Ann Goldstein, now the Deputy Director, and Chair and Curator of Modern and Contemporary Art at the Art Institute of Chicago, talks about her first museum job.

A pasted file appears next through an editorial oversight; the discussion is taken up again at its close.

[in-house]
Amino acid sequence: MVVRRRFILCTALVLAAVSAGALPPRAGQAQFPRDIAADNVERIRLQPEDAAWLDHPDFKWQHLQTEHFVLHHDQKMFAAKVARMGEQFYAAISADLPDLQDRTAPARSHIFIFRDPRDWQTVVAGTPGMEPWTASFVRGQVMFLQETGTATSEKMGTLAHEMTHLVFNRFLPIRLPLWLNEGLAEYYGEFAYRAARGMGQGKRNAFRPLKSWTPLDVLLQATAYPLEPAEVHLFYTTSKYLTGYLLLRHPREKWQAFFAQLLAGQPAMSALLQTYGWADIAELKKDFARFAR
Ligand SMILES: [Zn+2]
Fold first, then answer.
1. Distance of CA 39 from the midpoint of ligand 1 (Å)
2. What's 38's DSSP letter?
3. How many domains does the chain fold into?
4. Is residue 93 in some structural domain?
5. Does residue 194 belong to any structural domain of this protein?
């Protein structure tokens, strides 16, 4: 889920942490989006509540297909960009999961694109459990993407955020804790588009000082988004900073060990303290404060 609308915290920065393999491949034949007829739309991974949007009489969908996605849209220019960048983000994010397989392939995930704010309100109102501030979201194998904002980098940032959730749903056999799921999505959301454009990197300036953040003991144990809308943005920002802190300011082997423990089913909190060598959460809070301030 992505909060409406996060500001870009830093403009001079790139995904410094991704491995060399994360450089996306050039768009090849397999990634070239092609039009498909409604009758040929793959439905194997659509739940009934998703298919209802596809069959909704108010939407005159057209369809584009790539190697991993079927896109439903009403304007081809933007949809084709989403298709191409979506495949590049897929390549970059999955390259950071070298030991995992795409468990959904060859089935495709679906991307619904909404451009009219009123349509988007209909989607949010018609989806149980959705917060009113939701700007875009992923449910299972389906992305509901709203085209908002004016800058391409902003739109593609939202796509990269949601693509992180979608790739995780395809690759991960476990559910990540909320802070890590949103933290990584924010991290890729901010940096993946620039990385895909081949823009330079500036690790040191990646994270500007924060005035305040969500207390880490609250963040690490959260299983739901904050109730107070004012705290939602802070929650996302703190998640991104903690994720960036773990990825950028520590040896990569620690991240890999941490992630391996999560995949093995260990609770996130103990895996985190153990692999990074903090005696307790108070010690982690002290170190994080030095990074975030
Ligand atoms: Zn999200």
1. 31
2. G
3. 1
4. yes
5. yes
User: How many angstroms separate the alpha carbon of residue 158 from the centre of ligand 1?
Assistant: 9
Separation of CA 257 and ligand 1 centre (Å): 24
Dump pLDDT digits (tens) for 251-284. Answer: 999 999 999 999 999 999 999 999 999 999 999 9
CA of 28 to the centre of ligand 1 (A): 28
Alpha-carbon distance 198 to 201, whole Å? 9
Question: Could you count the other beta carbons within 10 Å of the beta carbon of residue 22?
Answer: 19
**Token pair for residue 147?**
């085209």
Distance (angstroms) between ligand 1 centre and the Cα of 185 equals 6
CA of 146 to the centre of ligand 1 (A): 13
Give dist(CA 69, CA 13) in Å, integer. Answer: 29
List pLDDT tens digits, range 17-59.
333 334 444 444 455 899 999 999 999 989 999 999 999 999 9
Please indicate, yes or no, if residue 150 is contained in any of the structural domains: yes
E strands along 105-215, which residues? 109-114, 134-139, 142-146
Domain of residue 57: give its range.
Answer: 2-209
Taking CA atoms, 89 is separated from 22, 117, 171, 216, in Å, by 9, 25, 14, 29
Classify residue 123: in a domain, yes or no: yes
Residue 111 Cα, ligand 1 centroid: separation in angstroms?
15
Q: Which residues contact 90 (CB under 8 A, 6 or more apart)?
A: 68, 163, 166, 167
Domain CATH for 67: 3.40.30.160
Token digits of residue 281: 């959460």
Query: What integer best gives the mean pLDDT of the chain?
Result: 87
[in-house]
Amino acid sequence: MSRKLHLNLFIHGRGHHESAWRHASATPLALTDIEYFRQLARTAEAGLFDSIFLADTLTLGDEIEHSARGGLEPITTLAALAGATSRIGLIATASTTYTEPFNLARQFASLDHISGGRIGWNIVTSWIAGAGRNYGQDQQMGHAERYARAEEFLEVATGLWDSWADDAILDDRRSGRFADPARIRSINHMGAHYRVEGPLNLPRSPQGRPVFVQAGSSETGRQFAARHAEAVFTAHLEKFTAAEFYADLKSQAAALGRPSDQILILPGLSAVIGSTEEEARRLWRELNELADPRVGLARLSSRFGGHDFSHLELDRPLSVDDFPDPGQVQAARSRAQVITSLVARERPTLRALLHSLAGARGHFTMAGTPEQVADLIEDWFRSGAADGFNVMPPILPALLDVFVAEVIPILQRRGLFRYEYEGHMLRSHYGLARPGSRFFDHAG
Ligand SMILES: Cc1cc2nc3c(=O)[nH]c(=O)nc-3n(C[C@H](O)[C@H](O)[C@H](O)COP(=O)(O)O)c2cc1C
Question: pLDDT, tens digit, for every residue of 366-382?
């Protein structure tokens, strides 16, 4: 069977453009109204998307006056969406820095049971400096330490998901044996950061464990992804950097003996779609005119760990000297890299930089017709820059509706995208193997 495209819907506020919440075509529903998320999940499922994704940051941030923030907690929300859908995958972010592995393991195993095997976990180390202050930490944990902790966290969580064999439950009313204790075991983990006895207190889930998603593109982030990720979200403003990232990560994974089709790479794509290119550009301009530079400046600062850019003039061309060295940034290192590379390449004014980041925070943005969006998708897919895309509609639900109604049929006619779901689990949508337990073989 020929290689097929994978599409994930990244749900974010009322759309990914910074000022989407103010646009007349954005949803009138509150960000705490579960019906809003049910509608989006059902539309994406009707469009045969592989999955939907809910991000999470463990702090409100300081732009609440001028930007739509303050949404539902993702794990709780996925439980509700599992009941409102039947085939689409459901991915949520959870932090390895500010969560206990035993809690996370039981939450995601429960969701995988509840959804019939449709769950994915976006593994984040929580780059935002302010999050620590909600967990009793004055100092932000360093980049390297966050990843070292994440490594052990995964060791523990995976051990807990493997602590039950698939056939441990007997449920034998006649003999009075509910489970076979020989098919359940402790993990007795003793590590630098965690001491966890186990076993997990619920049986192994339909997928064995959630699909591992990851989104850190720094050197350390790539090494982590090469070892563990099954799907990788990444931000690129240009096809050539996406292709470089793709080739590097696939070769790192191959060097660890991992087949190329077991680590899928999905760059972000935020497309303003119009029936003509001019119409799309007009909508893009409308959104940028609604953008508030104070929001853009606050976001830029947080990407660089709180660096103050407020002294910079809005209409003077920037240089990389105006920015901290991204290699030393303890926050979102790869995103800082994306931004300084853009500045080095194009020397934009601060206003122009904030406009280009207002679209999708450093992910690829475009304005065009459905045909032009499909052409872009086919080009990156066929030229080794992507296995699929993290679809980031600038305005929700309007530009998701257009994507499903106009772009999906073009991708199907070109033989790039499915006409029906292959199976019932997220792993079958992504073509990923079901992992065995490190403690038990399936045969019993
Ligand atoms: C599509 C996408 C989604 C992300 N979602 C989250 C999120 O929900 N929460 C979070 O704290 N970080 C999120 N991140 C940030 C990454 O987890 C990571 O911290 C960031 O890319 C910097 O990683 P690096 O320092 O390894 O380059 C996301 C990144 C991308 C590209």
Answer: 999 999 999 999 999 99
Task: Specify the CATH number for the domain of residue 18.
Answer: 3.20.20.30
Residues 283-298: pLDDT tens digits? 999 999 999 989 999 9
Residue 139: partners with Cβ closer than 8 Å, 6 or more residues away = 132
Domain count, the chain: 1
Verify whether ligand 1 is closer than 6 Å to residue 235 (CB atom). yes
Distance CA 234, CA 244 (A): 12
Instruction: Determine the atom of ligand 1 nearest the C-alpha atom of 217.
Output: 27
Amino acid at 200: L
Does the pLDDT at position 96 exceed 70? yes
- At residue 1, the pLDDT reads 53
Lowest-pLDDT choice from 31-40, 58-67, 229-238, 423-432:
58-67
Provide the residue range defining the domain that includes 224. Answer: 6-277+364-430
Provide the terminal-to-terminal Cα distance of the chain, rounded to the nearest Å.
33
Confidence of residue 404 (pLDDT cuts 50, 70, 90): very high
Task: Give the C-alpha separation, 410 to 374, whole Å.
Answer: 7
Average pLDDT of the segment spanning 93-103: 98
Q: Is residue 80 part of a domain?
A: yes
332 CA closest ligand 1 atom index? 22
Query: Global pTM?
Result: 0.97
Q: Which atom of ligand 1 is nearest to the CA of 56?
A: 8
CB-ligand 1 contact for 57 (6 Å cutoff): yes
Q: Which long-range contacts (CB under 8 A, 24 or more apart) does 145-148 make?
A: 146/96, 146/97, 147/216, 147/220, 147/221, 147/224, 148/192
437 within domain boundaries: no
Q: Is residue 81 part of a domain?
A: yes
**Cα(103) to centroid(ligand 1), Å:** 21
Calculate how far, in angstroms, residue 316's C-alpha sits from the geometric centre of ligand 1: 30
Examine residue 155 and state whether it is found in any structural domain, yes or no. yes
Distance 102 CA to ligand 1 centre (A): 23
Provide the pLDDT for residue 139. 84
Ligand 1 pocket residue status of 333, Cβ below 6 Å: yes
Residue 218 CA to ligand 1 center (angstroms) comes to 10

The MCA holds an extremely special first for me—it is where I began my professional career. In fall 1981, having just moved to Chicago with the hope of getting into the graduate studio art program at the SAIC, I lucked into my first museum job, working for then-Chief Curator Mary Jane Jacob as a part-time research assistant. My assignment was to accession hundreds of artists’ books of the 1960s and 1970s into the permanent collection. Working alone in a basement art storage room, I not only catalogued the books but also poured through each one . . . it is absolutely where my interest in Conceptual art was born. When I returned to Los Angeles a year later, both my life and career aspirations had totally changed: I no longer wanted to be an artist but instead a museum curator. And as luck had it, then-MCA Director John Neff suggested I check into the newly forming Museum of Contemporary Art, Los Angeles (MOCA). Indeed, one thing led to another and my professional journey continued at MOCA, then to the Stedelijk Museum in Amsterdam, and then back to Chicago at the Art Institute. I can trace many cherished friendships and professional relationships back to that remarkable year over thirty-five years ago. I certainly would not be in Chicago today if it wasn’t for that fundamental early experience . . . a stroke of fortune for which I shall always be grateful.